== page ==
China could deploy floating nuclear power stations in contested waters of South China Sea

US has warned that China's 'massive land reclamation projects in the South China Sea and increasing militarization of these outposts fuels regional tension and raise serious questions about China's intentions'

Ben Blanchard,Ian Johnston
Friday 22 April 2016 16:32
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Chinese dredging vessels are seen at work near Fiery Cross Reef in the Spratly Islands
Chinese dredging vessels are seen at work near Fiery Cross Reef in the Spratly Islands

China is getting closer to building maritime nuclear power plants that could "sail" to disputed islands in the South China Sea and provide electricity for new defence facilities, airports and harbours, according to a report.

Almost the entire South China Sea – believed to have huge deposits of oil and gas – are claimed by Beijing. However Brunei, Malaysia, the Philippines, Taiwan and Vietnam also have claims to parts of the waters, through which about £3.5 trillion in trade flows every year.

Tensions have increased over China's military and construction activities on the islands such as the Spratlys, some of which it has occupied. It has built runways and even artificial islands on reefs to bolster its claims to the waters. However Beijing says most of the construction is meant for civilian purposes, like lighthouses.

A Filipino soldier on patrol on Pagasa, one of the Spratly Islands. Tension in the region is growing because of China’s alleged plans to station military aircraft on some of the islands

The Global Times, an influential tabloid published by the ruling Communist Party's official People's Daily, said the nuclear platforms could "sail" to remote areas and provide a stable power supply.

China Shipbuilding Industry Corp, the company in charge of designing and building the platforms, is "pushing forward the work", said Liu Zhengguo, the head of its general office.

"The development of nuclear power platforms is a burgeoning trend," Mr Liu told the paper. "The exact number of plants to be built by the company depends on the market demand."

Demand is "pretty strong", he added, without elaborating.

There has been speculation that the territorial dispute in the South China Sea could spark a new world war.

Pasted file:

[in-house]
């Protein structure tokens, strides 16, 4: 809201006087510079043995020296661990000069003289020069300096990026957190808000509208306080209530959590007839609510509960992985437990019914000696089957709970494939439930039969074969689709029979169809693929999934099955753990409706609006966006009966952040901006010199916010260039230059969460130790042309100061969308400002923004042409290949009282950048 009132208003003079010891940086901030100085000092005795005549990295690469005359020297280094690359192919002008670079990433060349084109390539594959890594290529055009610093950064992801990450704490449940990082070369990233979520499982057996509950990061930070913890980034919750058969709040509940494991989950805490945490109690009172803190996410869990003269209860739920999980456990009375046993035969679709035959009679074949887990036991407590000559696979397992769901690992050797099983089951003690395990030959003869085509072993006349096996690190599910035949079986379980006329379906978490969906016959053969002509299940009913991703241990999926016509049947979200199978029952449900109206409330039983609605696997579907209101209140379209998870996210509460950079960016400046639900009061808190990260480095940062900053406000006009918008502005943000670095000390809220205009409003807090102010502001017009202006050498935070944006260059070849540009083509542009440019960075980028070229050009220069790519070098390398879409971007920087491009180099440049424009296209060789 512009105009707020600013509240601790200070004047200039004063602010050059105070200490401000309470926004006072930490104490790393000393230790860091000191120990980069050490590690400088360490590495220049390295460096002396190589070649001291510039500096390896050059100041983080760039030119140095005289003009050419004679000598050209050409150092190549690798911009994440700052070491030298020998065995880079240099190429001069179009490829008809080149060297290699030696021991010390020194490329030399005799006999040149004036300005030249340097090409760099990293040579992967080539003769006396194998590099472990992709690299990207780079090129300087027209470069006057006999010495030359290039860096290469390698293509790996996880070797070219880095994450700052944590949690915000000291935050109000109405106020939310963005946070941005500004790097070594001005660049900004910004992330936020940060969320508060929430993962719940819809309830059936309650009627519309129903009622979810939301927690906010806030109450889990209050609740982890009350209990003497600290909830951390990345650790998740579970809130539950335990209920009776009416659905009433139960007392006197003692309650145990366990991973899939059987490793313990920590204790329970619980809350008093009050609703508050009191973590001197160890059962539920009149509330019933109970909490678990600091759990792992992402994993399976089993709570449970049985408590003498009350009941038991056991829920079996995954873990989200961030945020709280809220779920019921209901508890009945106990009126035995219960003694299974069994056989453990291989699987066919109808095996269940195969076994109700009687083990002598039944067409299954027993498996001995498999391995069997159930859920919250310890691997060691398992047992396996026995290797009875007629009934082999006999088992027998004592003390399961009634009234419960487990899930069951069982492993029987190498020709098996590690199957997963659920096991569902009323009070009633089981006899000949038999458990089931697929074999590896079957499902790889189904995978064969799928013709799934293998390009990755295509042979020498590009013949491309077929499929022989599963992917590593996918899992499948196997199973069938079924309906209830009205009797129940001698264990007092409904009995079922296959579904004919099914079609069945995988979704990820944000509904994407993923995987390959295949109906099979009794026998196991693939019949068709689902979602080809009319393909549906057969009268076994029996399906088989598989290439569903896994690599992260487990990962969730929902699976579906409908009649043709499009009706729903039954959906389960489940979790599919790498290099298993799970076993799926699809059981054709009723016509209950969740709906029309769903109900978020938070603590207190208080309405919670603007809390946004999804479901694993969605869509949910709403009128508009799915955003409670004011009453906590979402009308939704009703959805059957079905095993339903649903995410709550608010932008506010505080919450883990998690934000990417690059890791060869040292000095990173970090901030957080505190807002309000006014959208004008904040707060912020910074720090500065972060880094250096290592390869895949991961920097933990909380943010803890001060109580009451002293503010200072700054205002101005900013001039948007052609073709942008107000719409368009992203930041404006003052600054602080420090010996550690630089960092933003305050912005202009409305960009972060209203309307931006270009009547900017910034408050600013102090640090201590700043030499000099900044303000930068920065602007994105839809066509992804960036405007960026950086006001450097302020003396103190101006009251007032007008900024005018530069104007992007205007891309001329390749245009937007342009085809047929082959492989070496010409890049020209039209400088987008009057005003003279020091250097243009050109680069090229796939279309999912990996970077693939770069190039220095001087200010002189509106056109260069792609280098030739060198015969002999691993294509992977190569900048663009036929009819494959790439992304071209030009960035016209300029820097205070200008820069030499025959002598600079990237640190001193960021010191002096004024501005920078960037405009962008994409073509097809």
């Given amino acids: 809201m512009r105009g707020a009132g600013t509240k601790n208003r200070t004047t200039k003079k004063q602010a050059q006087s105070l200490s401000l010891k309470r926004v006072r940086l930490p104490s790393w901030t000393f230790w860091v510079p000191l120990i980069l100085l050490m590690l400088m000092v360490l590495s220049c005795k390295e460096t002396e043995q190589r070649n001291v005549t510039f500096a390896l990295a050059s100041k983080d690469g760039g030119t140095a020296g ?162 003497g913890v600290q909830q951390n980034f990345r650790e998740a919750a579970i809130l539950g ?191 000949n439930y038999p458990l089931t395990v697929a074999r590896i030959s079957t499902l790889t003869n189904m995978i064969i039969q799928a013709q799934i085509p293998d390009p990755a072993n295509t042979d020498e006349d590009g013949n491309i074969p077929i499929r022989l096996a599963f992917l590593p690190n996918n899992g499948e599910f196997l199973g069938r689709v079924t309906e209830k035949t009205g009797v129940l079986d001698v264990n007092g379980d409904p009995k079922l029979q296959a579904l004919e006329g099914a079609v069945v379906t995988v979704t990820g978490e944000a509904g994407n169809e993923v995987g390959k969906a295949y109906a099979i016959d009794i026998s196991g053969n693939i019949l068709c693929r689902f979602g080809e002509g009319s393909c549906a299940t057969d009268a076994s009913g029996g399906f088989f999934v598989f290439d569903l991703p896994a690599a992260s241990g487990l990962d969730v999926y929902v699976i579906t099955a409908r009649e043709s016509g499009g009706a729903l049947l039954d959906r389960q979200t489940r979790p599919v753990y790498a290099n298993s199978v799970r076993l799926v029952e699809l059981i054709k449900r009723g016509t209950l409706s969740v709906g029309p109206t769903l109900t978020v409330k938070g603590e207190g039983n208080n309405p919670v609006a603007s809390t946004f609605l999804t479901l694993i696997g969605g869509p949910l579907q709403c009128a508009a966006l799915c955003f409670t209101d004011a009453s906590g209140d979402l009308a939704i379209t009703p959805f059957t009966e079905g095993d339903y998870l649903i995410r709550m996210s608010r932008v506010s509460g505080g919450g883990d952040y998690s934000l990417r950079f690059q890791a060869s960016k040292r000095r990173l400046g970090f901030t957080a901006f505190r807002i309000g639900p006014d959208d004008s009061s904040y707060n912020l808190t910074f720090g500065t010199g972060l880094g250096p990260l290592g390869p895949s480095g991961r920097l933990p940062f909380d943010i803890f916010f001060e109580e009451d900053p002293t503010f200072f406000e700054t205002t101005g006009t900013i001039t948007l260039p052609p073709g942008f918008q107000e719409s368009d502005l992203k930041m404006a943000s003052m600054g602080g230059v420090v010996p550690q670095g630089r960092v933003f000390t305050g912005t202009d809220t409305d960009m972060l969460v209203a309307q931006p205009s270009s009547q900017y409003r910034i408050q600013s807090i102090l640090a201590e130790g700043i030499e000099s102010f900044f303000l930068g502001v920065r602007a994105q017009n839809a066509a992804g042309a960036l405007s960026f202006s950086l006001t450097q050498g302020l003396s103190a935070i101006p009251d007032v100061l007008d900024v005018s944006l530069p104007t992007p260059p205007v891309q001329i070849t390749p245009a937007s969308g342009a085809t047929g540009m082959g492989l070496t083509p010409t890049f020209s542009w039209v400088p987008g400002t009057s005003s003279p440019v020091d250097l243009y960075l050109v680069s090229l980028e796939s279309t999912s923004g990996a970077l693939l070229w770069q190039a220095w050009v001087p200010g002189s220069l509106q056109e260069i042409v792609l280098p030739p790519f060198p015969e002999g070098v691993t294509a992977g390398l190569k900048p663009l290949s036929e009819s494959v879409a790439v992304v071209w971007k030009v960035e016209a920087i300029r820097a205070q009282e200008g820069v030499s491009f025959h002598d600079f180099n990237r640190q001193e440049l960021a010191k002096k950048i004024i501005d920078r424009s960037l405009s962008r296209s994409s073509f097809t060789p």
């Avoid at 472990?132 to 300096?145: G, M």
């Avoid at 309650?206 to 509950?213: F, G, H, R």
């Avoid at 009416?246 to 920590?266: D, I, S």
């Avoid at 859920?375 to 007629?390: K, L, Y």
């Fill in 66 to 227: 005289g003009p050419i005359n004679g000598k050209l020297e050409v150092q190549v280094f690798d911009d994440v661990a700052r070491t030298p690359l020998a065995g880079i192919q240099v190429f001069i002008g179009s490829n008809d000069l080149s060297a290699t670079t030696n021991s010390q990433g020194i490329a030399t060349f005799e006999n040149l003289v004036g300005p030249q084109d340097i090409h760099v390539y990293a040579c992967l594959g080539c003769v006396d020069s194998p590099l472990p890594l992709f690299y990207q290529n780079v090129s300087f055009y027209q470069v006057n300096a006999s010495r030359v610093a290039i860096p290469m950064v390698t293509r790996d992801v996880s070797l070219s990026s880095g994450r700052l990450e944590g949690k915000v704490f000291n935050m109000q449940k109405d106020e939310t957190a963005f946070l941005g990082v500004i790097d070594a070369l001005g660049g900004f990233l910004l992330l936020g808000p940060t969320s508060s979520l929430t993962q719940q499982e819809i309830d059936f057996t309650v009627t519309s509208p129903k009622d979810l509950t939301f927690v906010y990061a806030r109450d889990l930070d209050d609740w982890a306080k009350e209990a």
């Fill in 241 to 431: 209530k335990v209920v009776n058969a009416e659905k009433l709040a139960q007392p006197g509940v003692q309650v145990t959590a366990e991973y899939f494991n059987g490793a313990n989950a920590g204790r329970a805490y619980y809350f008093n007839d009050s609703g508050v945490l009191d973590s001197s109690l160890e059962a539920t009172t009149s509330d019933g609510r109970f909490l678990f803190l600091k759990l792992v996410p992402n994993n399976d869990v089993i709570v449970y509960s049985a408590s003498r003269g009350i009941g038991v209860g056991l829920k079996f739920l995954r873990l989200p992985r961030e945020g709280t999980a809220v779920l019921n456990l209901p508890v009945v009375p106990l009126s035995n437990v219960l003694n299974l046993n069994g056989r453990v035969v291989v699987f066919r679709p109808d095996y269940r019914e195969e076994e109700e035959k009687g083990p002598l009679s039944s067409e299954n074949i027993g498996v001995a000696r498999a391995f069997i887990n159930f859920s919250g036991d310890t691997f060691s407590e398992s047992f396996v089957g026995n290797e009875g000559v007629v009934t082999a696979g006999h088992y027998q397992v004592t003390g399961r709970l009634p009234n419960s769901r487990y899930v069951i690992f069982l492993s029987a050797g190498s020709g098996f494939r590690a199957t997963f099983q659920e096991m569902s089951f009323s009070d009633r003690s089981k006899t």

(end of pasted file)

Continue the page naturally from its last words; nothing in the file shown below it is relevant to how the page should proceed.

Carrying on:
On Thursday, US Deputy Secretary of State Antony Blinken said during a visit to Vietnam: "The United States and Vietnam share interest in maintaining peace and stability in the region. So does China.

"But its massive land reclamation projects in the South China Sea and increasing militarisation of these outposts fuels regional tension and raise serious questions about China's intentions.

"The United States will defend our national interest and support our allies and partners in the region."

A Chinese Foreign Ministry spokeswoman, Hua Chunying, played down the Global Times' article as a media report.

"I've not heard here of the relevant situation," Ms Hua told a daily news briefing, without elaborating.

In January, two Chinese state-owned energy companies, China National Offshore Oil Corporation (CNOOC) and China General Nuclear Power Corporation (CGN), signed a strategic cooperation framework pact on offshore oil and nuclear power.

CGN has been developing a small modular nuclear reactor for maritime use to provide power for offshore oil and gas exploration and production. It expects to begin building a demonstration project in 2017.

Xu Dazhe, head of China's atomic safety commission, told reporters in January the floating platforms were in the planning stage and must undergo "strict and scientific demonstrations".

Chinese naval expert Li Jie told the Global Times that the platforms could power lighthouses, defence facilities, airports and harbours in the South China Sea, adding: "Normally we have to burn oil or coal for power."

It was important to develop a maritime nuclear power platform as changing weather and ocean conditions presented a challenge in transporting fuel to the distant Spratlys, he added. (Reuters/staff)

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